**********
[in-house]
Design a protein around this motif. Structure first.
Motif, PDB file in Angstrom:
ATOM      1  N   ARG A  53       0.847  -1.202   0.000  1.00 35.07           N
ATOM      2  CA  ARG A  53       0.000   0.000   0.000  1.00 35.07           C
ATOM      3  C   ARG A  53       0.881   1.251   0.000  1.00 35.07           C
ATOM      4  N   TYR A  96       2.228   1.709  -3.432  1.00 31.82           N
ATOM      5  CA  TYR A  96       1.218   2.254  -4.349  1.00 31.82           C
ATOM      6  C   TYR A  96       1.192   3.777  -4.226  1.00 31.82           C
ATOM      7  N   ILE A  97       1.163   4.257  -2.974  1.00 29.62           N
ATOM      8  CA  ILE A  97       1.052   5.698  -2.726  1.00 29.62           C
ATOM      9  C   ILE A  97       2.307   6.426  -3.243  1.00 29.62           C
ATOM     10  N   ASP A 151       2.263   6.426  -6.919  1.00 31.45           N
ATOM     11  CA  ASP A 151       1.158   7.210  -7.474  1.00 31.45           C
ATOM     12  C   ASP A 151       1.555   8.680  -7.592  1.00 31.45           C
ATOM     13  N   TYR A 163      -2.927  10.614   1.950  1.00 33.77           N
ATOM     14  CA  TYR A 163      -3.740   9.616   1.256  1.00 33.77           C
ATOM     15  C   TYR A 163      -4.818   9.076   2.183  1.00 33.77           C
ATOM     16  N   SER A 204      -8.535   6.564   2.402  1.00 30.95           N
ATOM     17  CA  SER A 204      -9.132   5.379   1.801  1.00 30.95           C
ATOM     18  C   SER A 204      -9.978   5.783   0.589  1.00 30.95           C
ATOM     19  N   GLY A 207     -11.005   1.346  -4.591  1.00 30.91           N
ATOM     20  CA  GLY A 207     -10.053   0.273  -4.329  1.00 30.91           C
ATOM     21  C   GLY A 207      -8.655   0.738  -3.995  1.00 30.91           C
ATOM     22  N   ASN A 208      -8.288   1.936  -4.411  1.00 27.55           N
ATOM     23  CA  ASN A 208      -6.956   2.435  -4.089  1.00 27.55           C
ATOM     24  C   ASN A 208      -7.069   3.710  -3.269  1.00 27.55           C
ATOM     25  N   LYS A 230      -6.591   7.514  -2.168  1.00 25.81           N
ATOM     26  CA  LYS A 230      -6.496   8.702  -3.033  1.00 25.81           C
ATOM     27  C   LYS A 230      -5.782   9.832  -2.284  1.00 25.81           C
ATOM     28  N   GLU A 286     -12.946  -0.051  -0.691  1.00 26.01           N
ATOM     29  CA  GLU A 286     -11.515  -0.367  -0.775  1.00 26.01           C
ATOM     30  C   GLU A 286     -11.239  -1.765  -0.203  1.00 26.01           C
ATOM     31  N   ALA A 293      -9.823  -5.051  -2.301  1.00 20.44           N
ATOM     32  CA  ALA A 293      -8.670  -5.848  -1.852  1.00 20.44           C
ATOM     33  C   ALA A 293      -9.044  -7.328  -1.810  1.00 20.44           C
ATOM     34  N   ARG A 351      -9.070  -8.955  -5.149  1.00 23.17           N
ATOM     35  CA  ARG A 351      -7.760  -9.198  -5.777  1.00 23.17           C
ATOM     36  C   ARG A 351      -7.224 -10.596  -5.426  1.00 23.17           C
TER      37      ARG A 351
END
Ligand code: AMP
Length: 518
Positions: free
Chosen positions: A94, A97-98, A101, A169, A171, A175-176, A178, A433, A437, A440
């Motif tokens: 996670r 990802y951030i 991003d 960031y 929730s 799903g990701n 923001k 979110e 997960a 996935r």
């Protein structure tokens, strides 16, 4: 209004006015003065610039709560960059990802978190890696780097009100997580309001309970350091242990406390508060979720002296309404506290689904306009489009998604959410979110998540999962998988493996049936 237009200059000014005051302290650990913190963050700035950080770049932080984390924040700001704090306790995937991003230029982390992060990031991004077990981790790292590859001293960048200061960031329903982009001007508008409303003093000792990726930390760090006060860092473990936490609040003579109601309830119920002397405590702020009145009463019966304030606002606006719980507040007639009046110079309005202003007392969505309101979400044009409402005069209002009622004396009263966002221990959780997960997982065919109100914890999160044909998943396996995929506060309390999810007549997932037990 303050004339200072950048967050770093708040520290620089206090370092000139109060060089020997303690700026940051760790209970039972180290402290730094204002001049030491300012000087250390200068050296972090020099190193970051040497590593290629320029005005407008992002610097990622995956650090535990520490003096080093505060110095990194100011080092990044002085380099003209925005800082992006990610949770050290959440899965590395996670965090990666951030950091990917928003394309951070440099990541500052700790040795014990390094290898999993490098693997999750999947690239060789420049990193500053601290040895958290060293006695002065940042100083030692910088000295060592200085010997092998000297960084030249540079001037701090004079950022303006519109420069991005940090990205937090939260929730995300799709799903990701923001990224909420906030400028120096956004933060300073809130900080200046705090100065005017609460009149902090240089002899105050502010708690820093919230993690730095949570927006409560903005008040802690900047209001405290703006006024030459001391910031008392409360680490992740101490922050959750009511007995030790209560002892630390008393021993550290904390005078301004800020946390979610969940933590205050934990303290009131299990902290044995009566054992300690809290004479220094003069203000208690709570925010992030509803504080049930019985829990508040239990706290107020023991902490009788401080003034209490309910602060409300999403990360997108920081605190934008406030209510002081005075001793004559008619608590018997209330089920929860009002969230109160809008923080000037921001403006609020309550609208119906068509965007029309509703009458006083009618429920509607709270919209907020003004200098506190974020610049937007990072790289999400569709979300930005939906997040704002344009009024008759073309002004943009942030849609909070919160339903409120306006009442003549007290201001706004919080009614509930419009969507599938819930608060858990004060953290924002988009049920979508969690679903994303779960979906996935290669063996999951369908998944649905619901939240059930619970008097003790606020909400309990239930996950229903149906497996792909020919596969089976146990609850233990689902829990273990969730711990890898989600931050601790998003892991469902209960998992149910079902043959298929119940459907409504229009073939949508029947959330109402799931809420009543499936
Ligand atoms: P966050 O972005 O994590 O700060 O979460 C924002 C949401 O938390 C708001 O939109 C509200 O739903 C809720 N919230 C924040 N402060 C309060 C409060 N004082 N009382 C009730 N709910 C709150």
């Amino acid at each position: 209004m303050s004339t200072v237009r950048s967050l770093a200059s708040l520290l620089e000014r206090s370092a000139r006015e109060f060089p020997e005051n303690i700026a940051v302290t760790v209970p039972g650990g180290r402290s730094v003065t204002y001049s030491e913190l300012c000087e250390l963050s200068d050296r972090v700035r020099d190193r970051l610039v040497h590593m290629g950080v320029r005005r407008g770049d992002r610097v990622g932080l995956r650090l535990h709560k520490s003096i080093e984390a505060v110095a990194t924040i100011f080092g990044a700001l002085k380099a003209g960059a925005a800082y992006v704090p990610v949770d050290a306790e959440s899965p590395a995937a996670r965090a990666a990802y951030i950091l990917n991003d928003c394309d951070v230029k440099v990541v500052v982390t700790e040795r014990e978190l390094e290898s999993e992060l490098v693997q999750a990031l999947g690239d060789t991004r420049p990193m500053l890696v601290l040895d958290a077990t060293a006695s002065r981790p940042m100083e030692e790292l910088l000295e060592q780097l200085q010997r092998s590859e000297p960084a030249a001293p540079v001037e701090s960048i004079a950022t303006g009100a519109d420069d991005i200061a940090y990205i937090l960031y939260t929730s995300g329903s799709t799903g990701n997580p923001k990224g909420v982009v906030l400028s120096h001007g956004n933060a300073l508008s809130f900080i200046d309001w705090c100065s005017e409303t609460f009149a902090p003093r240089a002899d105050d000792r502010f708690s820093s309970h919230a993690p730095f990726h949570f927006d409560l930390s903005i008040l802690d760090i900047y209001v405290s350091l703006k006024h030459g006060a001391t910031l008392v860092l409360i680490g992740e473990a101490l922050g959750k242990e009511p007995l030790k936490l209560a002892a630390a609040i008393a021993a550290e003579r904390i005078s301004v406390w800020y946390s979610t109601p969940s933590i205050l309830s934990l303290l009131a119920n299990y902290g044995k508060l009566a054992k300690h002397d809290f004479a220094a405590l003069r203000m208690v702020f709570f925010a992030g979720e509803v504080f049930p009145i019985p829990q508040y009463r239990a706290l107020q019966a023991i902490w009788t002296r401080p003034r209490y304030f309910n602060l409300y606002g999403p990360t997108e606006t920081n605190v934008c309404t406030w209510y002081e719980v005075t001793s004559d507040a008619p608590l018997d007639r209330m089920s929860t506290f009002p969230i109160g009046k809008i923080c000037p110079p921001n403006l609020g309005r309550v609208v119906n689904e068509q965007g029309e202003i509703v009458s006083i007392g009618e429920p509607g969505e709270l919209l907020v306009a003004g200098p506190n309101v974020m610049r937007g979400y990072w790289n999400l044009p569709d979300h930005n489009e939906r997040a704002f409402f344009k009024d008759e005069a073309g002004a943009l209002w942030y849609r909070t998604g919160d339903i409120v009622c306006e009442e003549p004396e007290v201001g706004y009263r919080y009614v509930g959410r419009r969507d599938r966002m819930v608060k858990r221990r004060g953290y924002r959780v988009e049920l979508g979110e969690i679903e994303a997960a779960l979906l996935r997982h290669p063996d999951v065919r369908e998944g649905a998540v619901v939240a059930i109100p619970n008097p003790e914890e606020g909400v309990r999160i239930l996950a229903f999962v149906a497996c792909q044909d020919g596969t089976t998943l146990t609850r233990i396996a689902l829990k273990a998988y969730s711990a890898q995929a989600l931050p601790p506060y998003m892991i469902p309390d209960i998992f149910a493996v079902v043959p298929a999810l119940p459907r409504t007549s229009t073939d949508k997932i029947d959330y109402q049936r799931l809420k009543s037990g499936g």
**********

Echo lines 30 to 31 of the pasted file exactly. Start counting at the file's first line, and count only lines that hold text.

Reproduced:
ATOM     27  C   LYS A 230      -5.782   9.832  -2.284  1.00 25.81           C
ATOM     28  N   GLU A 286     -12.946  -0.051  -0.691  1.00 26.01           N